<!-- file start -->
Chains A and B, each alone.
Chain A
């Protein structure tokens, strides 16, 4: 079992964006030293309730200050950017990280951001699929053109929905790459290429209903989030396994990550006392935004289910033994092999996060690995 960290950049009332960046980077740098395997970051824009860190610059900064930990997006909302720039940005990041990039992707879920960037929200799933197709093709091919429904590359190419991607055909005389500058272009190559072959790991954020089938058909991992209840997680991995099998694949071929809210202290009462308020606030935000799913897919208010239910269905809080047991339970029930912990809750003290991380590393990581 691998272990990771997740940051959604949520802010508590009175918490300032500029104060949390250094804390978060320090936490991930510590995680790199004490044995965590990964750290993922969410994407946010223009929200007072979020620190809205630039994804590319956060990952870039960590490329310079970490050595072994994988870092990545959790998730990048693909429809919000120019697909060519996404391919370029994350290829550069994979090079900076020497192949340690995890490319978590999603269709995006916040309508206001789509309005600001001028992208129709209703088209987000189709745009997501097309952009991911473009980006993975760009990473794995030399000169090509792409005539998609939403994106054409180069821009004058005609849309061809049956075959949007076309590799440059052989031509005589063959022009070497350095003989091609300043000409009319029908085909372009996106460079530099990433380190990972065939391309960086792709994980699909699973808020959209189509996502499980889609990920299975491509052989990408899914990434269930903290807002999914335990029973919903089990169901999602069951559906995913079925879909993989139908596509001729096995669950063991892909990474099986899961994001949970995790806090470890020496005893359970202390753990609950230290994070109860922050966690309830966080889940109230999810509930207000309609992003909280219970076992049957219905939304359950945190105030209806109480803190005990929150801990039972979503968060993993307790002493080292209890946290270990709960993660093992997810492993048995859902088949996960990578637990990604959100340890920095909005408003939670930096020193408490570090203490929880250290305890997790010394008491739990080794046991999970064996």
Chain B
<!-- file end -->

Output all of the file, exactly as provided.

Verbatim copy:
Chains A and B, each alone.
Chain A
């Protein structure tokens, strides 16, 4: 079992964006030293309730200050950017990280951001699929053109929905790459290429209903989030396994990550006392935004289910033994092999996060690995 960290950049009332960046980077740098395997970051824009860190610059900064930990997006909302720039940005990041990039992707879920960037929200799933197709093709091919429904590359190419991607055909005389500058272009190559072959790991954020089938058909991992209840997680991995099998694949071929809210202290009462308020606030935000799913897919208010239910269905809080047991339970029930912990809750003290991380590393990581 691998272990990771997740940051959604949520802010508590009175918490300032500029104060949390250094804390978060320090936490991930510590995680790199004490044995965590990964750290993922969410994407946010223009929200007072979020620190809205630039994804590319956060990952870039960590490329310079970490050595072994994988870092990545959790998730990048693909429809919000120019697909060519996404391919370029994350290829550069994979090079900076020497192949340690995890490319978590999603269709995006916040309508206001789509309005600001001028992208129709209703088209987000189709745009997501097309952009991911473009980006993975760009990473794995030399000169090509792409005539998609939403994106054409180069821009004058005609849309061809049956075959949007076309590799440059052989031509005589063959022009070497350095003989091609300043000409009319029908085909372009996106460079530099990433380190990972065939391309960086792709994980699909699973808020959209189509996502499980889609990920299975491509052989990408899914990434269930903290807002999914335990029973919903089990169901999602069951559906995913079925879909993989139908596509001729096995669950063991892909990474099986899961994001949970995790806090470890020496005893359970202390753990609950230290994070109860922050966690309830966080889940109230999810509930207000309609992003909280219970076992049957219905939304359950945190105030209806109480803190005990929150801990039972979503968060993993307790002493080292209890946290270990709960993660093992997810492993048995859902088949996960990578637990990604959100340890920095909005408003939670930096020193408490570090203490929880250290305890997790010394008491739990080794046991999970064996």
Chain B